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Monday, October 3, 2016


I was practically weaned on sauerkraut. Living in and around Bavaria during my early years with a Czechoslovkian  hotel chef turned nanny sealed the deal with my love for sauerkraut. When we moved back to the States and settled into a small rural town in western Kentucky, some folks took issue with my German birth certificate. Amid the small town ruckus, it didn't take long for kids on the playground to nickname me sour kraut. Kids being kids. Unfazed, I happily wore it as a badge of honor because I was a sauerkraut loving thick-skinned army brat. Bring on the brats.

Several years ago, I helped a dear friend and his family put up their yearly stash of sauerkraut. Following the Farmers Almanac to the letter, they planned their krauting days according to the moon's signs and phases. Holed up in a dimly lit garage in midsummer, the family gathered around and used fantastic old timey equipment to shred bushels and bushels of Casey County cabbage to stuff  hundreds of quart jars for sauerkraut. The fruit of my labor? I could fill as many quart jars that I brought to the party.  At one point, I had over 37 quarts of sauerkraut stacked in our garage. Even for  kraut lover, that's a lot of sauerkraut.

Come midsummer, I always look back on that experience with great fondness. The tea kettle filled with steaming hot water. The archaic shredder mounted onto old barn wood. And the salt. Lots of salt. Basic. Simple. Honest.

Nowadays, I don't need a sauerkraut motherload. With such few ingredients, scratch made small batch sauerkraut is the way to go for a clumsy urban gardener and avid farmers market fan like me.

Small Batch Sauerkraut.
I quart.
1 Jar.
1 tablespoon salt.
2 pounds cabbage.

I trimmed the tattered outer leaves from 2 pounds Scott County green cabbage ( 2 smallish cabbages). After slicing them in half, I removed the cores,  shredded the cabbage with a sharp knife ( a food processor would have made quicker work of it), showered the cabbage with 1 tablespoon kosher salt, and set it aside for 10 minutes. When the cabbage wilted every so slightly, I massaged it for 15 minutes until it broke down and started to release its juices. After packing the cabbage into a clean quart jar. I tamped it down for a tight pack, poured the residual juices into the jar until the cabbage was completely submerged, and topped the jar with a loose fitting lid. I placed the jar in a metal bowl (to catch any gurgling overflow), covered it with a dish towel, and set it in a cool dark place to do its thing for a couple of weeks, checking it every day for mold or obvious spoilage. Keeping the cabbage covered in brine was key.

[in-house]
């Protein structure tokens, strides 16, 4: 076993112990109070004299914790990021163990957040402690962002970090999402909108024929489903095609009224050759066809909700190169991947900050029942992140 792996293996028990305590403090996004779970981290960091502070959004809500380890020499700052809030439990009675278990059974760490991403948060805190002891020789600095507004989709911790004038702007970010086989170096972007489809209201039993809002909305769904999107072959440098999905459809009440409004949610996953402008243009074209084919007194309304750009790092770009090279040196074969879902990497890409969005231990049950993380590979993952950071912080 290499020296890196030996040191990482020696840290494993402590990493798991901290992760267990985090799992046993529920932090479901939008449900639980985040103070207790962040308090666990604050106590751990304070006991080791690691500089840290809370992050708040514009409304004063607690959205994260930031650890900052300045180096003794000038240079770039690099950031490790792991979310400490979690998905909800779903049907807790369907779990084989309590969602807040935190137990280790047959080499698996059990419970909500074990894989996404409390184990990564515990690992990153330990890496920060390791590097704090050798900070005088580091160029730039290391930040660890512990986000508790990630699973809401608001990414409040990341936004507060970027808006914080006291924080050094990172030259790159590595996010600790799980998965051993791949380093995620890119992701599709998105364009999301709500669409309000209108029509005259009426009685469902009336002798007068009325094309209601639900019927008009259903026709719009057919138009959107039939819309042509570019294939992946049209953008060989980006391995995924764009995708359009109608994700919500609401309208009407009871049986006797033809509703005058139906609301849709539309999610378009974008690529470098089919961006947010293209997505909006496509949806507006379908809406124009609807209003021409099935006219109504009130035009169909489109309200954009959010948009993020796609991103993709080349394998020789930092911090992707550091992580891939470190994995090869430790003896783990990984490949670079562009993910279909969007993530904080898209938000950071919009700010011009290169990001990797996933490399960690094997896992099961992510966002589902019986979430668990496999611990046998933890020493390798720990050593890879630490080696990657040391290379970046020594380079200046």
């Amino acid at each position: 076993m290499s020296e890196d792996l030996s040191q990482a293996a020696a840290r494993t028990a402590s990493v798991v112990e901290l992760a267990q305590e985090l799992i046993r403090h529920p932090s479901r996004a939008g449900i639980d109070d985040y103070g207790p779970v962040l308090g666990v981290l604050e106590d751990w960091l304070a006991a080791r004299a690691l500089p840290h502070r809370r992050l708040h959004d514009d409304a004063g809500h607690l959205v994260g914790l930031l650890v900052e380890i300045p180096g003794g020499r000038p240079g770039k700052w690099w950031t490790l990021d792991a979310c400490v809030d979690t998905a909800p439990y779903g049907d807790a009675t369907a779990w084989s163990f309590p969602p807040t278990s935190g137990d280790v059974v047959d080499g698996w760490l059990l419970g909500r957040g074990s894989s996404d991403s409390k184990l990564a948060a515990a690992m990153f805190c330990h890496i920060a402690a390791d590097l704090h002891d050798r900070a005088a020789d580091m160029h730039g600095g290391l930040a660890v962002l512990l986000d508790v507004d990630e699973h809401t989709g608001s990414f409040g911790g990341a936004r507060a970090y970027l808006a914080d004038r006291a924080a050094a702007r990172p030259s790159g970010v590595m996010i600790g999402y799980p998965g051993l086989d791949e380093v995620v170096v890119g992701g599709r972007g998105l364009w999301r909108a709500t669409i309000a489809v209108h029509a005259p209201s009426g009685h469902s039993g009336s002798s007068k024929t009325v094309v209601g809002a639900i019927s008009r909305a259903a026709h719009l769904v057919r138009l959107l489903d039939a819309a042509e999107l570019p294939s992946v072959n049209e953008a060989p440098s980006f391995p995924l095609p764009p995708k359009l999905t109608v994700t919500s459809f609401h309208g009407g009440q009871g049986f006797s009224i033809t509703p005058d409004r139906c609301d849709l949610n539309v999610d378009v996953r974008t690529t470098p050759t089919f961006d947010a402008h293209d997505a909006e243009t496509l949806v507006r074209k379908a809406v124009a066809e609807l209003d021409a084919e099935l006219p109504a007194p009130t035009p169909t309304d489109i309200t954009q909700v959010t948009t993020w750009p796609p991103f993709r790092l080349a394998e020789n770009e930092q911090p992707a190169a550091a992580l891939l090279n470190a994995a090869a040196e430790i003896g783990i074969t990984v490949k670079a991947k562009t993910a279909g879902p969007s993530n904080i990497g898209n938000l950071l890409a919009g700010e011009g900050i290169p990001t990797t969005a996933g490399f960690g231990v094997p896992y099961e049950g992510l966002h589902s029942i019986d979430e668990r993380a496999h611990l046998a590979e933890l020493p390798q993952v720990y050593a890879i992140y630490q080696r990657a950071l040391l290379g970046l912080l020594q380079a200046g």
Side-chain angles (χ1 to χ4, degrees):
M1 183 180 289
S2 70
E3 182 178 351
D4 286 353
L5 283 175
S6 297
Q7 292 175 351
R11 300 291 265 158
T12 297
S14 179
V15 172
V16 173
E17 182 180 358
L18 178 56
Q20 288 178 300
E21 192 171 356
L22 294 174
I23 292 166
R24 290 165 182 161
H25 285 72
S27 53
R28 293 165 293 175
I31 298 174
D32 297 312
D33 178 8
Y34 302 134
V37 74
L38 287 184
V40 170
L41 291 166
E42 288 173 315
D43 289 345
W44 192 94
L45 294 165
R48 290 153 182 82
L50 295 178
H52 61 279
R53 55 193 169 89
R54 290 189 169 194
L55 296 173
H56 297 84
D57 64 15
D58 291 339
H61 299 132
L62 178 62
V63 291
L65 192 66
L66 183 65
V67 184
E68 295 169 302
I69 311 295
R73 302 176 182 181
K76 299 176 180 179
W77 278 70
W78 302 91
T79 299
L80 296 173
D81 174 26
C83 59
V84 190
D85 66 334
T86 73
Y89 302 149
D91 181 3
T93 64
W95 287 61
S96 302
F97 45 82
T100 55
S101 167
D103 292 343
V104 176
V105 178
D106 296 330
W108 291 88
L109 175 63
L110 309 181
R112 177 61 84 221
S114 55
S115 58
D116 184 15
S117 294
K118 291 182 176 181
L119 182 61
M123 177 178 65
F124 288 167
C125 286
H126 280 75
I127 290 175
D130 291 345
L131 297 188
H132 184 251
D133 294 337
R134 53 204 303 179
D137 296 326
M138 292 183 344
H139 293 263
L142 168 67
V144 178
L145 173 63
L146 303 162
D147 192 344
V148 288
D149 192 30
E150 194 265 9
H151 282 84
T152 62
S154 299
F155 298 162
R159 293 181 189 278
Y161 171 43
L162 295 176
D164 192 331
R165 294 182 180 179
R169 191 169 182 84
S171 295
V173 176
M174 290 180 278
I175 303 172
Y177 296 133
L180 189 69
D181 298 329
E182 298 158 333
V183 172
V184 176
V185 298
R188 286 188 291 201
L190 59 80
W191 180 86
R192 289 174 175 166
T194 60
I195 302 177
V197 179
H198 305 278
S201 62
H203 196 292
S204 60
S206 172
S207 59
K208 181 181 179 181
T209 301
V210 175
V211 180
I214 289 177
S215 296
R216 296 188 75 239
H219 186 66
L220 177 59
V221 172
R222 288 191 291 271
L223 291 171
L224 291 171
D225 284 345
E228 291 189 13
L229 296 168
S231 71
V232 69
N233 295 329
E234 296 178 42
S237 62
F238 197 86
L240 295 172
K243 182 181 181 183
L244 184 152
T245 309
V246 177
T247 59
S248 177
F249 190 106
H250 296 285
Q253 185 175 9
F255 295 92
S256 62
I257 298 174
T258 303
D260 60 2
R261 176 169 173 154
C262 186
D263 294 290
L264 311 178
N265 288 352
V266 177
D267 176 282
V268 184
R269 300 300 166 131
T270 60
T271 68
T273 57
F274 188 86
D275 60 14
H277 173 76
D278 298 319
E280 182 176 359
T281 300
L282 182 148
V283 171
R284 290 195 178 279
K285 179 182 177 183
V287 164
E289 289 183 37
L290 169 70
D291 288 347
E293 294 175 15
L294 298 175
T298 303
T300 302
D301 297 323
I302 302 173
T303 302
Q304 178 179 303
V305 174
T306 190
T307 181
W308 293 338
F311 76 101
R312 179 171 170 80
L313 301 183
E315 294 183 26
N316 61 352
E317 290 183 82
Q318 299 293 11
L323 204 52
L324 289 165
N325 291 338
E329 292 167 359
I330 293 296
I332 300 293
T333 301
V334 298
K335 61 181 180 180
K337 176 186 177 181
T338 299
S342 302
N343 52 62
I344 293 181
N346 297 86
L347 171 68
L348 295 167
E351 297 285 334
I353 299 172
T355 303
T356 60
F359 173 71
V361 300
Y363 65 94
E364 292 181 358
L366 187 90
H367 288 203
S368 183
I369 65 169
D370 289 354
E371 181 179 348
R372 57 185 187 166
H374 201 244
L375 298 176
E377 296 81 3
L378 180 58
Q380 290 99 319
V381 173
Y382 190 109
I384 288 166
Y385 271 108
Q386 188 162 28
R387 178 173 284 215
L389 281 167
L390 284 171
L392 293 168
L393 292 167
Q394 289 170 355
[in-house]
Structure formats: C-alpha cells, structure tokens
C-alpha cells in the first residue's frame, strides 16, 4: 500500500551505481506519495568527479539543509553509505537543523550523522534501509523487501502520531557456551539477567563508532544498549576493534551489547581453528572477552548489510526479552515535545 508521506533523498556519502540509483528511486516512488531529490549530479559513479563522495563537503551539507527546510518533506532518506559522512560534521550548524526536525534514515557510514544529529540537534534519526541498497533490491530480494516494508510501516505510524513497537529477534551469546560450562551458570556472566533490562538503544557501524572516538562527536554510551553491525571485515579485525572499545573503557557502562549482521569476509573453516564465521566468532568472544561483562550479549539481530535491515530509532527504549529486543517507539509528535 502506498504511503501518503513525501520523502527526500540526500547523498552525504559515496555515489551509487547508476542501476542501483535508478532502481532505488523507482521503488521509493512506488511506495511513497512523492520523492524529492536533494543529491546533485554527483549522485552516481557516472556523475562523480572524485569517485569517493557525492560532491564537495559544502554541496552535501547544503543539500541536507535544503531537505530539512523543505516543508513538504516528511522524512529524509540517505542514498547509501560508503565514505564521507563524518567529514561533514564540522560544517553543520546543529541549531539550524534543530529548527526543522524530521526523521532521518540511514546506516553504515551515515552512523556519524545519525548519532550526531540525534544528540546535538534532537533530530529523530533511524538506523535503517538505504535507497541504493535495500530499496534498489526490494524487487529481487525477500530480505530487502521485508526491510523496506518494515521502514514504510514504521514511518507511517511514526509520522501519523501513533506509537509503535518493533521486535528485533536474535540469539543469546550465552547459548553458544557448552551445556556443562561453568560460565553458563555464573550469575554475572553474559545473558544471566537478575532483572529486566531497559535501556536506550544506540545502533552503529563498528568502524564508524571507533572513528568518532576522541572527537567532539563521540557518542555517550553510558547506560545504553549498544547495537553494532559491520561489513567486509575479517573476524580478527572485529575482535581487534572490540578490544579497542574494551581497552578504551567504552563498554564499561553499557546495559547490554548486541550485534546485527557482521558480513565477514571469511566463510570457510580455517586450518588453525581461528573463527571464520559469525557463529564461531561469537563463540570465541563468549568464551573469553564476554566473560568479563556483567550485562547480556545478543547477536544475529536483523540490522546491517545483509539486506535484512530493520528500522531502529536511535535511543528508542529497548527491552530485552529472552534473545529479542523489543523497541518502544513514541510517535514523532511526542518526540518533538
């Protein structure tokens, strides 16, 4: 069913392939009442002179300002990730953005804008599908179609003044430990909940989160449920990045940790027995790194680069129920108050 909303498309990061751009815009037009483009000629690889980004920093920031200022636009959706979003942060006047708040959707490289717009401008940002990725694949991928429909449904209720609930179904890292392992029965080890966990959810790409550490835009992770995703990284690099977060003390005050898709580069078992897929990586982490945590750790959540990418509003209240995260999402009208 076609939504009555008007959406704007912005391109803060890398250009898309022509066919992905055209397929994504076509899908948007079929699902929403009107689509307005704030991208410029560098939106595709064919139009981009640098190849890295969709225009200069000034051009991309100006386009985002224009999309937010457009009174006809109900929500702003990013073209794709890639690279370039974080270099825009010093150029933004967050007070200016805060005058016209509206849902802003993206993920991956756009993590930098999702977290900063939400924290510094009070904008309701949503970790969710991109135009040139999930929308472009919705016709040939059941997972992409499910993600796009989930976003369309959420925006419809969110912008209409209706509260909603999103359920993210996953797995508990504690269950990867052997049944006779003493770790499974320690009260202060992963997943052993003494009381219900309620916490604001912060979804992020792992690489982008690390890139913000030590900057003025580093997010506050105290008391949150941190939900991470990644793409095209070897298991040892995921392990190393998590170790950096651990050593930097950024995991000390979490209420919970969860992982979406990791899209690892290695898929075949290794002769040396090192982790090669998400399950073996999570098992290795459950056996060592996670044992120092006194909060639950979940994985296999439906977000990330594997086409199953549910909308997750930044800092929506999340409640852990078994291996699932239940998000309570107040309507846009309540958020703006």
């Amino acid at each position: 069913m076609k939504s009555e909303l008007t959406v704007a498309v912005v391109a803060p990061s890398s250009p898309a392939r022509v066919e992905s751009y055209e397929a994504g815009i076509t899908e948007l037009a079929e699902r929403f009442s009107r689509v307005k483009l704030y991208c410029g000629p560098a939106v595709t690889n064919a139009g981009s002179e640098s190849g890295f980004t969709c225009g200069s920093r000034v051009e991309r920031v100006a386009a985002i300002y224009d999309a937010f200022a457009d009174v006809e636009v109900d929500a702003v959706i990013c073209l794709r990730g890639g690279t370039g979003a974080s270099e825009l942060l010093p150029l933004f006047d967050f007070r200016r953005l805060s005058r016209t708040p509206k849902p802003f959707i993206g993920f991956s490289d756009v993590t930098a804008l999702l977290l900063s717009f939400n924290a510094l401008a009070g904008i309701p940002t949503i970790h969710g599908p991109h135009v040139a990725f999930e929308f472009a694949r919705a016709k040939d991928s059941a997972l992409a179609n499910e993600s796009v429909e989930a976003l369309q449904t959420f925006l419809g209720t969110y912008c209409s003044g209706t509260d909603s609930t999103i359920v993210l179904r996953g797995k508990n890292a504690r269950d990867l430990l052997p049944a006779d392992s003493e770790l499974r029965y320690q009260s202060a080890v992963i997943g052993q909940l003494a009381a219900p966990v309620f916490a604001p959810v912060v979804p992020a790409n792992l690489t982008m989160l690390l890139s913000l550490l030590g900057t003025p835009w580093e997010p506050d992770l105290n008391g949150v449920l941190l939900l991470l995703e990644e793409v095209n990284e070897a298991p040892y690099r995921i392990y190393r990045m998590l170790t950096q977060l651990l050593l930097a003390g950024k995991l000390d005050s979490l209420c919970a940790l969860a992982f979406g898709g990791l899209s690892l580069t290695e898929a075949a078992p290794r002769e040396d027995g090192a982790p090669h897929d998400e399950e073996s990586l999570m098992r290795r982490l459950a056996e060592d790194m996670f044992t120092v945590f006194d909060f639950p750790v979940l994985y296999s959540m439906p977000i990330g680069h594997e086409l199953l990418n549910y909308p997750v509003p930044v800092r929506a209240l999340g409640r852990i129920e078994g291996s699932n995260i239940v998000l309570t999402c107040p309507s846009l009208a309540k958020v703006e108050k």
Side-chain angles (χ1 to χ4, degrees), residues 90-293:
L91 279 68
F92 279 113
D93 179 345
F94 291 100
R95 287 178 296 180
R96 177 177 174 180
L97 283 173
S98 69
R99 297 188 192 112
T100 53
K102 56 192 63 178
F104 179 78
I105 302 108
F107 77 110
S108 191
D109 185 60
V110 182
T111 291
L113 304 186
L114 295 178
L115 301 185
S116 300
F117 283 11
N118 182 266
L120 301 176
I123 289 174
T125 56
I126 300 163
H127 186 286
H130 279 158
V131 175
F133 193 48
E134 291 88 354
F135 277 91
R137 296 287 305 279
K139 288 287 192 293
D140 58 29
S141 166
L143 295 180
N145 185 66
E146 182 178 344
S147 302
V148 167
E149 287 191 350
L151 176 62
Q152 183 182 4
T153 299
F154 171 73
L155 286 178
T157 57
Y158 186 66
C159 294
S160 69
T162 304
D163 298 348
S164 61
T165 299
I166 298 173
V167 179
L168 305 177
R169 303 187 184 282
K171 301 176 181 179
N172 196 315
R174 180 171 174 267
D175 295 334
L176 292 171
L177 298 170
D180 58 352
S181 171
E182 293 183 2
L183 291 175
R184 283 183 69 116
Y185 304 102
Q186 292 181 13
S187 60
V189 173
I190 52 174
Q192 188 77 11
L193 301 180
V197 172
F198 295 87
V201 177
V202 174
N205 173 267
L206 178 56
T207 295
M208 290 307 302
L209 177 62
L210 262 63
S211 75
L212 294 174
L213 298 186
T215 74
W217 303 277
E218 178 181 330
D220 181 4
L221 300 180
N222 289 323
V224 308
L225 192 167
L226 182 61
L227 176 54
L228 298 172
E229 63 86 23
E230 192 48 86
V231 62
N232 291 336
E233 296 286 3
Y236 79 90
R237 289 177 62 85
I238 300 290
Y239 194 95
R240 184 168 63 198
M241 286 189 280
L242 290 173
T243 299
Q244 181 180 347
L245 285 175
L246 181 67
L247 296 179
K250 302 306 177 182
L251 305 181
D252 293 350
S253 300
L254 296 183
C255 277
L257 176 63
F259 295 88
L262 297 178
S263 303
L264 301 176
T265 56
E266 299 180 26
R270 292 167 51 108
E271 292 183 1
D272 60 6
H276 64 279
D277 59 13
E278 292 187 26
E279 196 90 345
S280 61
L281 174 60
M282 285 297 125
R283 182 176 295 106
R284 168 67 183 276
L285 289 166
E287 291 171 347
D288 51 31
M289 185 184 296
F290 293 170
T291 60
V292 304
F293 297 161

Although 2 weeks would have been fine, I let it go an extra week for deeper fermentation. It was a simple as that. Boom. Crunchy fresh sauerkraut.

Sausage and Kraut.
With a hints of Bavarian flair mixed with a Bluegrass sensibility, I've prepared sausage and sauerkraut the same way for years, changing up the sausages for variety and fun.  When I stumbled across  house made coiled ropes of beef and pork sausage from Critchfield's Meats, I was totally smitten.

The sturdy bulkiness of the rope sausage belied its delicate nature. Without a little help, the coil would have unfurled into a tangled mess.. After piercing the sausage from end to end with 2 long wooden skewers in quarters to secure the actual coil, I pan seared the sausage in a large cast iron dutch oven (carefully flipping the coil after 5 minutes) until both sides were caramelized and browned. Using two large spatulas, I removed the sausage to a side plate before tumbling 3 slivered shallots and 3 chopped garlic cloves into the spitting sausage fat. When the tips of the shallots started to crisp, I deglazed the pot with 1 cup West Sixth Street Amber Ale, let it reduce to a loose glaze, and added 1 1/2 cups chicken stock.

When the stock reached a rolling simmer, I added 1 quart sauerkraut (with juices), 2 bay leaves, 10 whole juniper berries, 1 tablespoon whole caraway seeds, and cracked black pepper. After swirling 2 1/2 tablespoons dark brown sugar into the simmering kraut, I carefully placed the sausage coil on top of the kraut, slipped halved rainbow carrots to the side, brushed the sausage with olive oil, and slid the dutch oven into a preheated 375 degree oven for 50 minutes, basting the sausage with the pan juices every 15 minutes.

When the internal temperature of the sausage meat reached 165 degrees (thankfully, before it exploded), I pulled it from the oven, let it rest, and finished with quick roasted rainbow carrots tossed with a biting fresh parsley, horseradish, and brown mustard vinaigrette.

Tucked beneath the snappy sausage, the softened brown sugar-laced sweet and sour kraut absorbed the drippings from the meat. While the tender braised carrots added earthy subtle sweetness, the vinaigrette-napped roasted carrots countered the fatty sausage with bright acidic punch.

Bavarian Bluegrass Sausage And Kraut.
A fun twist on a one pot wonder.

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